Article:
Personally it was important for me to meet the kids by this stage because until I could see how DP related to his kids, I didn't really feel I knew him. I also needed to know how I would fit in with them. I felt the same with introducing new partners to my own kids - that I would need to see how they related to them to know whether there was any future in the relationship.

If his DS is only 4, would he really need to introduce you as a new girlfriend? I certainly got away with introducing boyfrinds just as friends until my DS was at least 8 or 9. I had quite a few frinds (of both sexes) who they knew, some of whom drifted in and out of my life, so it really wasn't a big deal that they met 2 or 3 that were acutally boyfriends. They certainly weren't expected to treat them any differently from any other friends of mine that we hung out with.

But your DP's not keen on it, then I guess you need to respect how he feels about it. Or at least talk some more about what the issues are.

purpleroses Thu 27-Sep-12 10:50:48

DD, not DS - sorry!

adrastea Thu 27-Sep-12 11:11:52

I have the book 'Putting Children First' which is a book for separated parents and they say to wait at least a year after the parental break-up to introduce children to new partners. I think, at the beginning of a relationship, he is right to set that kind of expectation. It may not a year exactly in the end, but he's definitely thinking along the correct lines to say that at this early stage of your relationship. If this is someone whose life you want to be in for a long time, and therefore his daughter's you should want to do everything right and a year is nothing. My ex introduced his girlfriend to our son after around 9/10 months I think (although he handled it really badly).

I disagree that a child will take an introduction as a 'friend' entirely at face value - they can be very astute, even at a young age.
Yep, completely agree and know this from experience.

Offred Thu 27-Sep-12 12:21:02

Yes also agree and when you lie to a child it erodes their trust in you. I would say it was best to be truthful and supportive sometimes waiting a year will be the same as lying because it would be keeping a significant part of you separate. It depends on circs I think. Should always be what is best for the child and the parent's relationship though and not at all to do with what the new partner would like.

glasscompletelybroken Thu 27-Sep-12 16:47:55

There is a difference between "knowing about" and "meeting". it would be more honest if your DP mentioned you from time to time when chatting with his dd.

So when he sees her he could ask her what she had been doing the previous day and then say "oh that sounds like fun. Yesterday I went for a walk with karelomen."

She may ask questions and he can descirbe you as a special friend. I think waiting to meet is a good idea as your relationship needs to be secure and apparently long-term before he would want that.

CremeEggThief Thu 27-Sep-12 16:52:28

This may sound a bit harsh, but it's not up to you when you get to meet her. It's your DP and his ex's decision, when they feel it's appropriate for their DC.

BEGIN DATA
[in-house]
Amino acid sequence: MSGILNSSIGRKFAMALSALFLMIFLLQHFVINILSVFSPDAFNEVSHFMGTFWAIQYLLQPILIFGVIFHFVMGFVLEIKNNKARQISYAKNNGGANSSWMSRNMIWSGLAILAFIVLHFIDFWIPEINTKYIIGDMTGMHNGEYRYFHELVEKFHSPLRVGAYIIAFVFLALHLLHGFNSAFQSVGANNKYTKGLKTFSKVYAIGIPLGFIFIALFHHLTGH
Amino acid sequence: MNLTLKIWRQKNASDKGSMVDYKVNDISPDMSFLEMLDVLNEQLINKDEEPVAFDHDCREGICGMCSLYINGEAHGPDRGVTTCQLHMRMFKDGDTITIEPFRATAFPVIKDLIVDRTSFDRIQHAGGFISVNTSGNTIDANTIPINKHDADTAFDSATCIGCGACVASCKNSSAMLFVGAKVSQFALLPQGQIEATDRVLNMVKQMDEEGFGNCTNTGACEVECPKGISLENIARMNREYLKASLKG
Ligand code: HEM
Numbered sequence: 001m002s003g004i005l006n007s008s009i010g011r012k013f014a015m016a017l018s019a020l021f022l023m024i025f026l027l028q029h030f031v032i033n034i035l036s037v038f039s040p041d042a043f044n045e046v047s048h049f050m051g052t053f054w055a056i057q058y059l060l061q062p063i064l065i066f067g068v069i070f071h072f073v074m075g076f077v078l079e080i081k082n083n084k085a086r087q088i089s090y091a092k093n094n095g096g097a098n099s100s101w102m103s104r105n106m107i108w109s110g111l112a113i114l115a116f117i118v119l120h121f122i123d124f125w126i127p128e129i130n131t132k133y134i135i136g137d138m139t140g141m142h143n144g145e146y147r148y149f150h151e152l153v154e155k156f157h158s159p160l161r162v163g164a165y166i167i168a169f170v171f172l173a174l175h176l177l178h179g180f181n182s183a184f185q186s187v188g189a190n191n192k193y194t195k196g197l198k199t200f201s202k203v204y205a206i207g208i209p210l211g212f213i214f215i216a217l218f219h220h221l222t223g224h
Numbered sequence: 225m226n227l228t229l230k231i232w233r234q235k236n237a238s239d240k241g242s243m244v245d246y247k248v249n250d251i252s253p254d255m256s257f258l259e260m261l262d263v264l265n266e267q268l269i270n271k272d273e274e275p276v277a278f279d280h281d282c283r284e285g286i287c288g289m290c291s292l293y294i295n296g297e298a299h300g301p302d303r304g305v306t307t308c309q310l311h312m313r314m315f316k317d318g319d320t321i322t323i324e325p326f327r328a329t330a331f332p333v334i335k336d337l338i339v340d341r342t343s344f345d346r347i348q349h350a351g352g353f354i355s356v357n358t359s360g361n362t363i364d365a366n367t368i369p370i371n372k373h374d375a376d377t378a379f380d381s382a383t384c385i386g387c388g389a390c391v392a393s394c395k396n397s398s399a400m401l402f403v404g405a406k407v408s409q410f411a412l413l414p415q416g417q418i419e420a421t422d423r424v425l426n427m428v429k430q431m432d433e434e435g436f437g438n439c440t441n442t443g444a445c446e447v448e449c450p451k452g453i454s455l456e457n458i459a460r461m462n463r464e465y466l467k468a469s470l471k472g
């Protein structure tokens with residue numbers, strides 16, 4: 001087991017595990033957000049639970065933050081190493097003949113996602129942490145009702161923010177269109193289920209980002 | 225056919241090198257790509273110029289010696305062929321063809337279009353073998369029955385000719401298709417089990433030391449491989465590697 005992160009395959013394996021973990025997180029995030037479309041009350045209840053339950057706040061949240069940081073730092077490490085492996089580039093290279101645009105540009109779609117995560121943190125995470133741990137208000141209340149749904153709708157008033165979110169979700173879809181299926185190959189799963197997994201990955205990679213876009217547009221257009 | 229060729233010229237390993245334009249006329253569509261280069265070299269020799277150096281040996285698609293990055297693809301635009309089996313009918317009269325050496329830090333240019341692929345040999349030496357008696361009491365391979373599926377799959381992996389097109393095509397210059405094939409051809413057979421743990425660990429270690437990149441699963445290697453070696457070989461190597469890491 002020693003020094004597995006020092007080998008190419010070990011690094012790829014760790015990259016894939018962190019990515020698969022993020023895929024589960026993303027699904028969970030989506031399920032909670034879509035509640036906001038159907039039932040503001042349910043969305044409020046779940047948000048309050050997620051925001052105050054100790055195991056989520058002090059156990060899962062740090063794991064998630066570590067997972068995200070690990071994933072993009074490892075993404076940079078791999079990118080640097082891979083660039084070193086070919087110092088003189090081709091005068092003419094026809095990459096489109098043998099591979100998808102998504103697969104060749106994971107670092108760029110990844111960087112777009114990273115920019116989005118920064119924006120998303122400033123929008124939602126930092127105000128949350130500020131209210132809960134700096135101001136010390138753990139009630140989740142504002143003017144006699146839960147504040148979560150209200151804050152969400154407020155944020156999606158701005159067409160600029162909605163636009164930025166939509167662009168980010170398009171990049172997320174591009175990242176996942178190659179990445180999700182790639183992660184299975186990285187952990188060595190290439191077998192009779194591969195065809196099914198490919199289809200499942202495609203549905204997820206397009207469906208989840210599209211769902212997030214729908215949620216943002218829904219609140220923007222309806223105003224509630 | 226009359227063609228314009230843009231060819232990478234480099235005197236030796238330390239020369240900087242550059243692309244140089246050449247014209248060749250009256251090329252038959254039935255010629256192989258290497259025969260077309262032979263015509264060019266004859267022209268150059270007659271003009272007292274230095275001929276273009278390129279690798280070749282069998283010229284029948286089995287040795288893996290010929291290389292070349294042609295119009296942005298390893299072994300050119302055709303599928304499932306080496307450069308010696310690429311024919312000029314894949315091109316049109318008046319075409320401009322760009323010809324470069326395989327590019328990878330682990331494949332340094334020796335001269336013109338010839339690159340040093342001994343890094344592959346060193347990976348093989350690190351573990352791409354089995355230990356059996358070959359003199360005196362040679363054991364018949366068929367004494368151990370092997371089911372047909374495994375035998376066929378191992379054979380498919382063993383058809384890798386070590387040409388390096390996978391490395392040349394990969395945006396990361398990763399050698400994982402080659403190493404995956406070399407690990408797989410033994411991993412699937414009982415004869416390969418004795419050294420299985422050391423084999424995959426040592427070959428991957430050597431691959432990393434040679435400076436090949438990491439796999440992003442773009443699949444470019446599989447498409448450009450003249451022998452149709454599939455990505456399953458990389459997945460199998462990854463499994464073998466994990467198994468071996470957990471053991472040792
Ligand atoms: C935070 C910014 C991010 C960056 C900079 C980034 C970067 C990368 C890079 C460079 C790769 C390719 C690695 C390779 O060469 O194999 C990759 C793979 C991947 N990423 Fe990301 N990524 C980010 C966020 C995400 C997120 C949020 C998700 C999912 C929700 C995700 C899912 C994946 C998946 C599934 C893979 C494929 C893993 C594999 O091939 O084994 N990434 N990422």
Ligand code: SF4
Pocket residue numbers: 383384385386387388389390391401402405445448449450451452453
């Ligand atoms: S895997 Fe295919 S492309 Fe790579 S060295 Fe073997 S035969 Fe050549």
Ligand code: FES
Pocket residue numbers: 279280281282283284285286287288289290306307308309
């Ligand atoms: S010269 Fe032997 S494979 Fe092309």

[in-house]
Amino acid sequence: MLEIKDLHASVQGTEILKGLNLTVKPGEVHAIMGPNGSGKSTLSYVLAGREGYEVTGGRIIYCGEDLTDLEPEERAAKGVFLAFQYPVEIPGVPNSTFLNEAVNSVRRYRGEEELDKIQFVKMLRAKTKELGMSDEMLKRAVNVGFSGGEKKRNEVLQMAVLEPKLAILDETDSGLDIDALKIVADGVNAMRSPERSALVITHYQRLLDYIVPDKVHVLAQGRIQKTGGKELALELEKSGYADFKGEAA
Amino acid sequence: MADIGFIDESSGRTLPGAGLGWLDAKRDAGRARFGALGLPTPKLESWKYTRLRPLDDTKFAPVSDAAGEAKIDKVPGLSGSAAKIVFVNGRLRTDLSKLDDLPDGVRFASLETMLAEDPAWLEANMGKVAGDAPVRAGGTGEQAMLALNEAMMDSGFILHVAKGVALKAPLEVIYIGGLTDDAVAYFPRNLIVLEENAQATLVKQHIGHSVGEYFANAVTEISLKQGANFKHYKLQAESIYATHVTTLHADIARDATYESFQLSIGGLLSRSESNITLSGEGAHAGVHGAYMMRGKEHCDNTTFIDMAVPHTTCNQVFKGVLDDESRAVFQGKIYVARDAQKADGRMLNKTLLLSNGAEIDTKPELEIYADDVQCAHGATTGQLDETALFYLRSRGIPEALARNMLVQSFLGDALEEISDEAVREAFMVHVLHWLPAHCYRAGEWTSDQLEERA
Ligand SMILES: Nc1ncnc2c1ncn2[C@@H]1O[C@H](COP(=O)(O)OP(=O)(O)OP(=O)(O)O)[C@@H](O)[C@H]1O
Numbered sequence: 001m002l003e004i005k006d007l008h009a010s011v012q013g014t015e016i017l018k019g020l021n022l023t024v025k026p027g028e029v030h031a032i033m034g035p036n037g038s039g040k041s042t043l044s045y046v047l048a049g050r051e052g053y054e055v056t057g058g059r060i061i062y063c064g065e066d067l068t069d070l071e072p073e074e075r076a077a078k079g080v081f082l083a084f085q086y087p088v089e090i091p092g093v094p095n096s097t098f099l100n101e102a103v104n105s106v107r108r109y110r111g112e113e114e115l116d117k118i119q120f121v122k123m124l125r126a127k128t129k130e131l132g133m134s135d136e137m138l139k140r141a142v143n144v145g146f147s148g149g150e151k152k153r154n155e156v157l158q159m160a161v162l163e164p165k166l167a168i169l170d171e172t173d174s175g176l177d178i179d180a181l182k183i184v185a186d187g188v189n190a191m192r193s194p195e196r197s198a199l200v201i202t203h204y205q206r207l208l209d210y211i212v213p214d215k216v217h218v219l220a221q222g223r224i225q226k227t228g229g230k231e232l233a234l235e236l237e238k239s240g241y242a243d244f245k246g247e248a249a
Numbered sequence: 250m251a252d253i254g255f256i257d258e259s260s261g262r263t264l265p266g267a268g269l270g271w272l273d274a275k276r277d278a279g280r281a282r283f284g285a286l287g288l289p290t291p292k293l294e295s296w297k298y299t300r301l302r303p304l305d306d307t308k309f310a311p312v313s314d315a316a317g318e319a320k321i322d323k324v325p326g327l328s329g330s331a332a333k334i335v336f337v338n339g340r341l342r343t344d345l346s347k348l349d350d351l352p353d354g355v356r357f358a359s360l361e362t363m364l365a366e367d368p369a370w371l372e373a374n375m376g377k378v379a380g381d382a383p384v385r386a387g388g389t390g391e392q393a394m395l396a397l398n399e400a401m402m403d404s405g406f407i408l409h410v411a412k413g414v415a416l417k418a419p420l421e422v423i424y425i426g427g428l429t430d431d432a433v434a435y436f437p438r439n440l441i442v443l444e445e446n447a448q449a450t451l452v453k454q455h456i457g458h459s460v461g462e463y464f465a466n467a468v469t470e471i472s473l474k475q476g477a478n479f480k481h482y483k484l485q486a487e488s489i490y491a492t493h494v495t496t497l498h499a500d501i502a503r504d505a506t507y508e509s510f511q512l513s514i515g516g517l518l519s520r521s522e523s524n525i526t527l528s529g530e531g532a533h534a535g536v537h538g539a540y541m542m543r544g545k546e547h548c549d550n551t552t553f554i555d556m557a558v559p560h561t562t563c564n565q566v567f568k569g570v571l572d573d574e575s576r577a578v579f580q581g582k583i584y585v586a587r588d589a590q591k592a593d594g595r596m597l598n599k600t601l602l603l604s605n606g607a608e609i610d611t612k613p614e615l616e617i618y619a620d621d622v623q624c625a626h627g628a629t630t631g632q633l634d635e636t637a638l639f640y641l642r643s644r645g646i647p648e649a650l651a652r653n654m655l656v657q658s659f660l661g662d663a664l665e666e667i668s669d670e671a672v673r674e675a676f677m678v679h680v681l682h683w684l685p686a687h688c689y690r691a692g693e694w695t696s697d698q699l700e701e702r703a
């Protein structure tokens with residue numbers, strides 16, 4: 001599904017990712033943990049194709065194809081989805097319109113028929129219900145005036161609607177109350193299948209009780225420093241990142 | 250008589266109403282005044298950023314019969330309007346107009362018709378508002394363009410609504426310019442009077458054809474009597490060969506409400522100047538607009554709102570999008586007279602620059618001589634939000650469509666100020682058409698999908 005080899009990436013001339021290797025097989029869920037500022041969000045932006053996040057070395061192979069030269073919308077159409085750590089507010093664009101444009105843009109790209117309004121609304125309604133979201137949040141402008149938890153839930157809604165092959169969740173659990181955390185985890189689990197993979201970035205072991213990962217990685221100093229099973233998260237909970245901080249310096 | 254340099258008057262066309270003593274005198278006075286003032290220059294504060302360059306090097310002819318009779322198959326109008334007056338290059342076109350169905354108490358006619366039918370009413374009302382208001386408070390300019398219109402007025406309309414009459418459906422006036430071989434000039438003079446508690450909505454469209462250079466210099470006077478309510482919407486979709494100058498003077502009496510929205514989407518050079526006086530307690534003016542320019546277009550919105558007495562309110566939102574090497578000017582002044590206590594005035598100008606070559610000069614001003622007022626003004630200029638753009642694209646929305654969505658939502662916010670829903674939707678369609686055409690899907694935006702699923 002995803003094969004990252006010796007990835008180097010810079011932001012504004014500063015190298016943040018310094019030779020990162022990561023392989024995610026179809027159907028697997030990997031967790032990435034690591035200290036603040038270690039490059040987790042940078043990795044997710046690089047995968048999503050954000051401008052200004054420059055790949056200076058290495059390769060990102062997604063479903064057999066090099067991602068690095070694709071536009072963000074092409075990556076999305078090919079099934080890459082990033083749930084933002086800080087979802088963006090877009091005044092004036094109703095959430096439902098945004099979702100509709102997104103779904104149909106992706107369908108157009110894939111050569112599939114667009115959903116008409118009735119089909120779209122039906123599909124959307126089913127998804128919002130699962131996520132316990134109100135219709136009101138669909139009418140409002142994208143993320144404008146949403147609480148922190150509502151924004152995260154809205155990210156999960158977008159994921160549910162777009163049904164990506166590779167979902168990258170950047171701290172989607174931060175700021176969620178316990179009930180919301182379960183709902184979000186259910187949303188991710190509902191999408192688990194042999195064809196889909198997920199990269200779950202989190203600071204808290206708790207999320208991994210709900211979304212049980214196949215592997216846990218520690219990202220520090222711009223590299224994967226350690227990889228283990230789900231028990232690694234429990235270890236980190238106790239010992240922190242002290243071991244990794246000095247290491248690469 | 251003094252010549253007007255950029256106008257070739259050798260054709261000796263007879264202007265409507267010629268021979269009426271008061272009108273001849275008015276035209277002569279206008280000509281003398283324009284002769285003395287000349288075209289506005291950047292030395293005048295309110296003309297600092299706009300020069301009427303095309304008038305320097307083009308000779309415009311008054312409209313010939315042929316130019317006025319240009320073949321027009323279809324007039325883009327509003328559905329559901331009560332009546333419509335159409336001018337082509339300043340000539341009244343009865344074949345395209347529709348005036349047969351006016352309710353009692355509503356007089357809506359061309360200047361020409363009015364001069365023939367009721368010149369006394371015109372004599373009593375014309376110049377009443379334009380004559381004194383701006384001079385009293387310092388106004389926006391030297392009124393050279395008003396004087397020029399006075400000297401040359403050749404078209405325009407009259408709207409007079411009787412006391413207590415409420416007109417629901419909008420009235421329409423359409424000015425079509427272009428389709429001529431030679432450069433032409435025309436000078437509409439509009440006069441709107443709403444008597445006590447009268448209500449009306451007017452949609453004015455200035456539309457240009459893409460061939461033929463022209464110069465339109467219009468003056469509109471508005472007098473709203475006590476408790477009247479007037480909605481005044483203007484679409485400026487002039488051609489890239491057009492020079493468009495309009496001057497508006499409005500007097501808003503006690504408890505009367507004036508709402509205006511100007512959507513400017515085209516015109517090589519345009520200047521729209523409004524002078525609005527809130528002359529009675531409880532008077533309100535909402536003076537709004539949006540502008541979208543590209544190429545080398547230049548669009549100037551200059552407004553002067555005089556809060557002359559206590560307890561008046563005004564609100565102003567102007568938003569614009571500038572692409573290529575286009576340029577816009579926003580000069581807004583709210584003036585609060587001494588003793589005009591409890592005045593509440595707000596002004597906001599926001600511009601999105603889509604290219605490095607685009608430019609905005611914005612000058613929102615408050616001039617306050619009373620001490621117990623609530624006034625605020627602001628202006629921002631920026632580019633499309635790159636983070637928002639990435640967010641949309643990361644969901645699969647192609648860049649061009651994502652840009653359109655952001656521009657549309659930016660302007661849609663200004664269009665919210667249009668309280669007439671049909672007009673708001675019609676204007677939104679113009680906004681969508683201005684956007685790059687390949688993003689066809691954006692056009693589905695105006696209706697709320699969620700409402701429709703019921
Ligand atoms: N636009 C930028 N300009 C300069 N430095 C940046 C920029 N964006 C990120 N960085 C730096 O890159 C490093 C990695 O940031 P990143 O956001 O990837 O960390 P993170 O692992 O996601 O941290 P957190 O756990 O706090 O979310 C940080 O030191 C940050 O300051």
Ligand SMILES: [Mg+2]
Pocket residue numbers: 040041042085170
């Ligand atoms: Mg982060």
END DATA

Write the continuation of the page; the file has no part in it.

MsKayGee Thu 27-Sep-12 17:17:33

Has you not meeting his daughter made things difficult yet?

If no, why would you question whether it's going to make things difficult over the next 12 months? Difficult in what way?

If yes, then you need to decide whether the 'difficulties' are worth it?

karelomen Fri 28-Sep-12 07:45:53

No I dont mind harsh- I welcome any input this is a new thing for me, I always said I'd avoid men who had baggage but we have really fallen in love and are both in it for the long haul, so I'm not fussed, as long as his child is put first that's all that matters to me, if he was selfish and used his time with her to see me it would be a turn off for me.
I do have my ow concerns (my dad always had girlfriends popping in and out) one of his relationships really fucked with my head.
In all honesty I would rather keep it really light for as long as possible.

CakeMeIAmYours Fri 28-Sep-12 08:39:09

I agree with PP that it is up to your DP what the timescales are.

However, speaking from personal experience, his DD and the change in dynamic that she will bring to your relationship has the potential to be a deal breaker for the two of you. I do think there is an argument for knowing whether this is the case sooner rather than later.

Do you have DCs of your own? I didn't and found the whole DC thing quite overwhelming and not at all how I imagined it would be.

I often hear people on here saying things along the lines of 'what did you expect when you started a relationship with a man with DCs?' but the fact is that nothing can prepare you for it, so whilst I had an idea, I had no way of knowing what it would be like until well into the relationship.

Can he introduce you as friends first of all to see if you get along?

CakeMeIAmYours Fri 28-Sep-12 08:39:40

Sorry, I meant I found the whole DSC overwhelming...

karelomen Fri 28-Sep-12 11:54:49

Its tricky, I am adamant that I don't want to be a step anything! I don't know I think we've got some challenges ahead

MirandaWest Fri 28-Sep-12 16:42:19

I've been going out with my boyfriend for about 5 months. My DC are 8 and 7 and know about him and that he is my boyfriend but haven't met him yet. I have met his DS (who is 17) and that was fine.

XH has been going out with his girlfriend for about 2.5 years. Beginning was an affair (hence is XH). We split up 18 months ago. Can't remember exactly when they met his girlfriend but about 9 months ago. DC have been fine with it and meeting her DC. At the beginning they knew her as Daddy's friend but am pretty sure they realised she was a girlfriend.

I do wonder when to do introducing but think ill know when it's right.

Sassybeast Fri 28-Sep-12 17:03:03

A child is not 'baggage' hmm Make your first 'challenge' getting your head around that fact.

Mydogsleepsonthebed Fri 28-Sep-12 17:05:28

Until you get your head around the fact they are his children not "baggage" you should never ever meet them.